This much of the story of mark Schlereth, the only Alaskan-born player in NFL history, is undeniable: that Fritz Schlereth, his German-born grandfather, won fame in the fatherland as a cake decorator; that Herb Schlereth, Mark's Manhattan-born father, made chump change in the Big Apple by carting cadavers out of gutters and dropping them off at the morgue; and that his Washington Redskin teammates call him Stinky, after stinkheads, a dubious Eskimo delicacy made from rotting fish noggins.
This much of Schlereth's story is unbelievable (but true): that he chose to attend the University of Idaho over the University of Hawaii because of climate; that six knee operations into his college career he announced his retirement from football, only to unretire and play during his senior year; and that he was the 263rd overall selection of the 1989 draft and yet he played in the Pro Bowl after the '91 season.
The 26-year-old Schlereth, a guard, is the youngest and most unlikely member of the Hogs, that impervious Redskin offensive front that allowed a league-low nine sacks last year and cleared a path for nearly 2,000 yards rushing by Earnest Byner, Ricky Ervins and Gerald Riggs. With Schlereth and Joe Jacoby anchoring the right side of the line at the Super Bowl, the Hogs held the Buffalo Bills without a sack and powered Washington to a 37-24 victory.
"Mark's got all the attributes to be a Hog," says Jacoby, who has been one for the past 11 years. "He's got the potbelly, the ugly puss, and he's roly-poly." The 6'3", 285-pound Schlereth also has arms like legs, and legs like people.
The main difference between Schlereth and his pet pig, Wilbur, is that Schlereth won't eat dog food. Schlereth prefers cheeseburgers—he has been a regular at a joint in Anchorage called the Arctic Roadrunner for 25 of his 26 years. In fact, his picture is enshrined on the Roadrunner's Wall of Fame between Norma Jean, the first woman to solo Mount McKinley, and Bob Henderson, who once landed a 26-pound northern pike with a muskrat in its stomach. "Mark's the only athlete we've honored," says Dick Sanchez, the Roadrunner's owner.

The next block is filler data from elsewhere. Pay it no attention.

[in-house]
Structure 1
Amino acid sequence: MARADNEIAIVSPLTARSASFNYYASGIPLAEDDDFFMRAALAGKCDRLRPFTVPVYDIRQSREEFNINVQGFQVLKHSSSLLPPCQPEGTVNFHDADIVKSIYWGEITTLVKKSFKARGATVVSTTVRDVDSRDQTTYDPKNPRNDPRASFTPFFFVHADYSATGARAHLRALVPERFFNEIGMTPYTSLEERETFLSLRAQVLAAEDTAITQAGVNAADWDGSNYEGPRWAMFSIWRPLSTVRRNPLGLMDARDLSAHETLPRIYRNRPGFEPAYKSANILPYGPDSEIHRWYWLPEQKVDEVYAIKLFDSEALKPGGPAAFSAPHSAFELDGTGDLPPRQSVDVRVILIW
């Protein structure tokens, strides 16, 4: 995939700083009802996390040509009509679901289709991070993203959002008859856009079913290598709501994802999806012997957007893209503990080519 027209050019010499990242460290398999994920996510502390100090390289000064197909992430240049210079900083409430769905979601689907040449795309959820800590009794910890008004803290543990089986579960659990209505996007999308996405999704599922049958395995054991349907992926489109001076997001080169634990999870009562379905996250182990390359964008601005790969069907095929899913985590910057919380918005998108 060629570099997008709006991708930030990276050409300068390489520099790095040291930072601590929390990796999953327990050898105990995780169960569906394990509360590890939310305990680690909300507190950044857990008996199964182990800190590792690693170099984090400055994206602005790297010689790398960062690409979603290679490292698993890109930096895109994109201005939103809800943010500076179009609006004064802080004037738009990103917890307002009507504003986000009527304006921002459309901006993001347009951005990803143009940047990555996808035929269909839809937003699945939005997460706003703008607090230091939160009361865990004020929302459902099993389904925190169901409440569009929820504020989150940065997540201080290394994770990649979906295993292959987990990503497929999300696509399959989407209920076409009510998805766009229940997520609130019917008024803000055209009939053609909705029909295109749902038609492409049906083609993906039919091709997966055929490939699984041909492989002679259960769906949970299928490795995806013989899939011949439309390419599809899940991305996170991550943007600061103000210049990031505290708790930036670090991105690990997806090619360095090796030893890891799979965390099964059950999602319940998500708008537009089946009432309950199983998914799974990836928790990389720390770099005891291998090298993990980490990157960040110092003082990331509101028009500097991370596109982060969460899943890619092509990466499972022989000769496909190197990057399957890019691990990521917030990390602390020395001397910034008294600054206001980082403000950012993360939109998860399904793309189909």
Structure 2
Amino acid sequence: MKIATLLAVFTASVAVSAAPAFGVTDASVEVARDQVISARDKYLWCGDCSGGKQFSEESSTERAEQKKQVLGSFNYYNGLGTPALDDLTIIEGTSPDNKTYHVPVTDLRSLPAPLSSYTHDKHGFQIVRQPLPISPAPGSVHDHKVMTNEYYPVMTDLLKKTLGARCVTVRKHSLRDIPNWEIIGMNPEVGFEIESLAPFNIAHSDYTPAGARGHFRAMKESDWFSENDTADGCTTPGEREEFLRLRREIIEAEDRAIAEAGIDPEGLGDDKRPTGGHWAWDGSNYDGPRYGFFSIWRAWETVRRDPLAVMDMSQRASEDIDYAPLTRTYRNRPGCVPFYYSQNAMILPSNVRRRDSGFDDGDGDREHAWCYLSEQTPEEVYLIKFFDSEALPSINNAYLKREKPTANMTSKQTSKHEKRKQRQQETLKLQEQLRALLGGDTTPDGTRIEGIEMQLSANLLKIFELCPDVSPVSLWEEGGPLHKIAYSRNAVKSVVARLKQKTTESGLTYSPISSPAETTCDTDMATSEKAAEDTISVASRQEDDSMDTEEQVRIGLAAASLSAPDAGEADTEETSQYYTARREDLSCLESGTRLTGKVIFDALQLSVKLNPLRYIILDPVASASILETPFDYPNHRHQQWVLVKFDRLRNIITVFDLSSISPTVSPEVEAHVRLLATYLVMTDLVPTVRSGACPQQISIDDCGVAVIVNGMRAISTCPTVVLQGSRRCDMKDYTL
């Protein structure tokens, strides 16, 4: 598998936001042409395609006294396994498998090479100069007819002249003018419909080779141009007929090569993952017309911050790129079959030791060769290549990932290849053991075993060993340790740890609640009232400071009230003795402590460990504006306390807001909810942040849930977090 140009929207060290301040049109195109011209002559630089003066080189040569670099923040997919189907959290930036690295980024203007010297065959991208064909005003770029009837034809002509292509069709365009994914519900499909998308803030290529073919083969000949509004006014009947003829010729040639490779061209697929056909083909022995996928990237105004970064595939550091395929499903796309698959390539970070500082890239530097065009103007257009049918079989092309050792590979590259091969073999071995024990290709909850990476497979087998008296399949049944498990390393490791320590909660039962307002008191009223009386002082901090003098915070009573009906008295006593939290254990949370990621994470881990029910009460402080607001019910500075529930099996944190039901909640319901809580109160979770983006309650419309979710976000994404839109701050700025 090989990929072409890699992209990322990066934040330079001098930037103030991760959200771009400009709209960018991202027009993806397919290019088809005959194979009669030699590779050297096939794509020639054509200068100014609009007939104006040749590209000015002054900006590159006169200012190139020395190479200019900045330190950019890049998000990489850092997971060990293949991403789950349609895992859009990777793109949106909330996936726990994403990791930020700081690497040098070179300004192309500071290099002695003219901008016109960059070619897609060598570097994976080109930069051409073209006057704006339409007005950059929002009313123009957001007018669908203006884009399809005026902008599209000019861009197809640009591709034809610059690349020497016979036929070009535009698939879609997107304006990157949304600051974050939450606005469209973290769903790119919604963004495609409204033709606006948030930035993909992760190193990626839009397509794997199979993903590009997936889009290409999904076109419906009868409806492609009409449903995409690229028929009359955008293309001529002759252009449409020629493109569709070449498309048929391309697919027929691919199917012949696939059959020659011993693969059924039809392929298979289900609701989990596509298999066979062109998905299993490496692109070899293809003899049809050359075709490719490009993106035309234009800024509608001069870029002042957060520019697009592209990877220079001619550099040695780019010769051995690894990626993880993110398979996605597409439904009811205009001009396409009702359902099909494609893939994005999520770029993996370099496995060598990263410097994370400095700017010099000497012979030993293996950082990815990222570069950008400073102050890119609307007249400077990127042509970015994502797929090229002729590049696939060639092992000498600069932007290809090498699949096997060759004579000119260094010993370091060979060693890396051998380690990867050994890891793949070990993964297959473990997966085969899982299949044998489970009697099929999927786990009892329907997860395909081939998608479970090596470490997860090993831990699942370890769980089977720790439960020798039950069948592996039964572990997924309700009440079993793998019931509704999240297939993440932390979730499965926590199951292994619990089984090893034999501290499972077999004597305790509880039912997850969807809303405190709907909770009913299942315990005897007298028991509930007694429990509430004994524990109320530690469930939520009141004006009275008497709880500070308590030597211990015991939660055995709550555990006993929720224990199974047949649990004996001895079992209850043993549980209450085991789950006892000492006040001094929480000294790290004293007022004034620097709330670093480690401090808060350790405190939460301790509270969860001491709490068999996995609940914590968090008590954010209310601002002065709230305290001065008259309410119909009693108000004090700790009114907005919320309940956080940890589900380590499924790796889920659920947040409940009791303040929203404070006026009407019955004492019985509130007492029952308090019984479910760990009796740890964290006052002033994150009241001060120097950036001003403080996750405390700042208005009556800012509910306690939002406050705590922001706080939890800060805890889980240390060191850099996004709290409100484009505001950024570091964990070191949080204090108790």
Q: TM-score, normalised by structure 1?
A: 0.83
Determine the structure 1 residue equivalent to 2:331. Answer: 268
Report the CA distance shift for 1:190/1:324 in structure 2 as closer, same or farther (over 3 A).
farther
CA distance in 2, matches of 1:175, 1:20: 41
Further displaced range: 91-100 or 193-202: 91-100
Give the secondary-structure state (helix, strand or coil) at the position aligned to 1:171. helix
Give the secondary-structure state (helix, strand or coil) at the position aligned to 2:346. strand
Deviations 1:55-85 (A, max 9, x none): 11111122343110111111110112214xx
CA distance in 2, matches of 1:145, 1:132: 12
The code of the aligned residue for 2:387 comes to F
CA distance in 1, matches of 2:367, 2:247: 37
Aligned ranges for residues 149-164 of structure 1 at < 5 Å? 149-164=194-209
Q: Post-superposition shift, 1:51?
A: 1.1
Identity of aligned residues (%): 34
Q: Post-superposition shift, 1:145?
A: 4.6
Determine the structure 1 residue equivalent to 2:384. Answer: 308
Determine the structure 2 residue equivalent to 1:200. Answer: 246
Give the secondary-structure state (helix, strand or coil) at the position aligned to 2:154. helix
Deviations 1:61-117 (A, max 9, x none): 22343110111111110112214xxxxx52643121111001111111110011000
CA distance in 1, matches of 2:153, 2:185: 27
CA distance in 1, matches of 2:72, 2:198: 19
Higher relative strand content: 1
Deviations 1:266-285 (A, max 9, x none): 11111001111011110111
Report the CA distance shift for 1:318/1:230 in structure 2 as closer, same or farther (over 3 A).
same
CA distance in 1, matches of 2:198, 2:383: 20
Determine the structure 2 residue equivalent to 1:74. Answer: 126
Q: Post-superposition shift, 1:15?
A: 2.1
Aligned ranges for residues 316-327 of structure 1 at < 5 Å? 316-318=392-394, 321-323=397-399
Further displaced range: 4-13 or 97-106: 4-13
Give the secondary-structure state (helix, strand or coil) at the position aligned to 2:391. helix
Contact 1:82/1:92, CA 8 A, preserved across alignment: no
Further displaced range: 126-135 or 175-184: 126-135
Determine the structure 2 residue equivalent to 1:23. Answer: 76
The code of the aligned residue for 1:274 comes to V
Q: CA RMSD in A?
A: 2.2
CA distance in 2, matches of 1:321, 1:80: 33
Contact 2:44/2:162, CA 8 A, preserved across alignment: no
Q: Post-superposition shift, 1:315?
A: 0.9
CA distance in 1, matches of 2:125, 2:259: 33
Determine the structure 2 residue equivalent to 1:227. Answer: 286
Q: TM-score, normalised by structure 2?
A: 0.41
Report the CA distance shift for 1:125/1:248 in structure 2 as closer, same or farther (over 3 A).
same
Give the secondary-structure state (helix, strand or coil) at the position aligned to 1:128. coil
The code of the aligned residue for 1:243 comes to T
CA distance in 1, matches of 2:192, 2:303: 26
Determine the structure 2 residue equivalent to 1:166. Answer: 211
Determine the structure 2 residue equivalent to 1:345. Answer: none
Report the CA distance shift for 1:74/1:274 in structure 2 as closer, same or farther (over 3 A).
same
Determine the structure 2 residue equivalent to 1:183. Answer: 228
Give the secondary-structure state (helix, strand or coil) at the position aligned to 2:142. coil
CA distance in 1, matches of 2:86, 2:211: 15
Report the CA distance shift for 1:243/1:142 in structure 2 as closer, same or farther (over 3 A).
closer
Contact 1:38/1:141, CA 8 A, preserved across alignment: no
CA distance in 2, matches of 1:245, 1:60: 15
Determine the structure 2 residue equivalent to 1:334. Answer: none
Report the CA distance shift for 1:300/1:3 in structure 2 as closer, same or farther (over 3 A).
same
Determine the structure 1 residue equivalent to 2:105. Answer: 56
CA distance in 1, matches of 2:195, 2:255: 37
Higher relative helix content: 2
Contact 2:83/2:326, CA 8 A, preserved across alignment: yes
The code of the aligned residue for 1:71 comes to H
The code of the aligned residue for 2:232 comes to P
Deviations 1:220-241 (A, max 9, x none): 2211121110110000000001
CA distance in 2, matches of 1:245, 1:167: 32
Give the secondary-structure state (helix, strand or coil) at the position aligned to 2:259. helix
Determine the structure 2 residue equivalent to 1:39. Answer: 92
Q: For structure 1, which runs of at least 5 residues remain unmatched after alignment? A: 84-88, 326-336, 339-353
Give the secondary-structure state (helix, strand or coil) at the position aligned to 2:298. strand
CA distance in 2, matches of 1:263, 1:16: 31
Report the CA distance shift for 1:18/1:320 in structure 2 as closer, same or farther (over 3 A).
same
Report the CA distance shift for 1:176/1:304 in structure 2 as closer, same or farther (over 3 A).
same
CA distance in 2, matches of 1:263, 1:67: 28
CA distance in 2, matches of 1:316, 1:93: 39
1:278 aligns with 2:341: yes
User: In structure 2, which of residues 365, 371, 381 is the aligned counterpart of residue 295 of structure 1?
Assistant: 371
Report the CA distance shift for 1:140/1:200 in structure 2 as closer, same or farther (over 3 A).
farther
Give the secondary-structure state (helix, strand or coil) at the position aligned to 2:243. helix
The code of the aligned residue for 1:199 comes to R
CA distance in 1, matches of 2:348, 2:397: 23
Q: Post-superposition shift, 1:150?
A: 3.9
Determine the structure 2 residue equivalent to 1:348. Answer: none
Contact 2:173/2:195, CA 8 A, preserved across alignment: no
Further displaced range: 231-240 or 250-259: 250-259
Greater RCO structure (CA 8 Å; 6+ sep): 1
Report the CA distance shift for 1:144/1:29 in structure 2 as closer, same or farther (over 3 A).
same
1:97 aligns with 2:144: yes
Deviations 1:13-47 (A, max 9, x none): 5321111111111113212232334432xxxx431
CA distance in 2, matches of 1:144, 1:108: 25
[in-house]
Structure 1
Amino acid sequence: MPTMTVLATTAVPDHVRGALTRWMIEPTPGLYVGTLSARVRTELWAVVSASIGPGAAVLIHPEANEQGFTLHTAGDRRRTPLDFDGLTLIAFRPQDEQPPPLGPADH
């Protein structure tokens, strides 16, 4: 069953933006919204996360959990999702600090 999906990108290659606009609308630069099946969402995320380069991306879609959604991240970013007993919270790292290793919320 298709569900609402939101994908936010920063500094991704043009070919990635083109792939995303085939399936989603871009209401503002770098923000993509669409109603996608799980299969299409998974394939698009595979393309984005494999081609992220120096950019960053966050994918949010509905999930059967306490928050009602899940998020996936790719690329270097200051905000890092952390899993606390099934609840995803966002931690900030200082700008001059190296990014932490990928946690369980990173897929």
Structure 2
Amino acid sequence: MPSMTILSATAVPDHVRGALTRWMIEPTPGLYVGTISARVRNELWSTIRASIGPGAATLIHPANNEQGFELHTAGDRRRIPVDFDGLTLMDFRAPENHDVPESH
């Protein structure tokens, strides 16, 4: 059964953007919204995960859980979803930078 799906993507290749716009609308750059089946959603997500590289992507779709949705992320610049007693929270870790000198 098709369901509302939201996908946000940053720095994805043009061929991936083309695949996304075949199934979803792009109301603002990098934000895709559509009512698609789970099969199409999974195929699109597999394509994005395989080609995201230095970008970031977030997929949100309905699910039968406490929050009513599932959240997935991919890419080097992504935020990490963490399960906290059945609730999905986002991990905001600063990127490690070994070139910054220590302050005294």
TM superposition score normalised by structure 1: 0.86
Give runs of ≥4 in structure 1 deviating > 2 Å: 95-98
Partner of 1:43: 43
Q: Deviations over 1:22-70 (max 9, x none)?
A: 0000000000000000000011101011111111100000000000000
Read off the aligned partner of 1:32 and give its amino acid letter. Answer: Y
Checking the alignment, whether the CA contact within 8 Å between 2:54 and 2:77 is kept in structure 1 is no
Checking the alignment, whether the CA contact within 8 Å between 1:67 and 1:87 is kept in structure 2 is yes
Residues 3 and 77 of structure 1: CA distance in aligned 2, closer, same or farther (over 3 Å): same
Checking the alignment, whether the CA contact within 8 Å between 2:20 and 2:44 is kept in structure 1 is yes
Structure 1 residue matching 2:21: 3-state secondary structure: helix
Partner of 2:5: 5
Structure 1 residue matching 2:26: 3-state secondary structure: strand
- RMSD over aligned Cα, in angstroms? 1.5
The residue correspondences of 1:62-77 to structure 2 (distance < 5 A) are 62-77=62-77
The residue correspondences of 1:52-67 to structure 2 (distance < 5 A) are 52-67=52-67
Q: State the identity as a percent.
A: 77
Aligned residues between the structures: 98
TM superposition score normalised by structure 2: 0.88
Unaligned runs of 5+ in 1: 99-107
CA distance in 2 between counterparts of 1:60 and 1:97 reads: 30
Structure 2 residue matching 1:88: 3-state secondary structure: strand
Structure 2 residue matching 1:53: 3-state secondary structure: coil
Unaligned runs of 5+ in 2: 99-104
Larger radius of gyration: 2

Football is no big deal in Alaska; the high school season ends almost before it begins. "The state championship is played in mid-October," Schlereth says, "when the Gatorade freezes." Though Anchorage gets an average of 68 inches of snow a year, school was canceled only twice during Schlereth's childhood there. "Around D.C., they call off class for just the threat of a flurry," he scoffs. "My teammates have no idea what snow is."
Nor, apparently, do they have a clue about Alaska. "They're always asking me if the roads are paved," says Schlereth, "and what my igloo looks like." An accomplished fibber, he regales them with grisly bear tales and gruesome moose tales and tales of that most apocryphal of Alaskan beasties, the Blarina shrew. The vicious Blarina, Schlereth informs you, is "kind of the piranha of the shrew world. It eats three times its body weight every day. I've seen them attack packs of wolves and swallow them whole."
For all his shrewmanship, Nanook of the NFL isn't much of an outdoorsman. His old man took him camping in the wilds only once or twice. "I never caught a single fish," Mark moans. "Everyone else pulled them out of the water like they were stuck to the end of their hooks." All Herb remembers of their camping adventures is the loons. "They scared the hell out of me," he says. "I thought someone was being murdered."
The Eskimo have nearly 100 words for different kinds of snow. But they have no word for Herb Schlereth. Here he is yelling up at some mountain goats traversing a jagged cliff near his Anchorage home recently: "Jump! Jump! Jump!" A huge grin spreads across his face. "That must be the New Yorker in me," says Herb, who when he was 16 earned pocket money by helping a friend move deceased indigents from New York City streets to a hospital morgue.
A trim and well-muscled former bodybuilder of 53 years and 182 pounds, Herb still pumps iron with his son. "Pound for pound, I'm stronger than Mark," he says.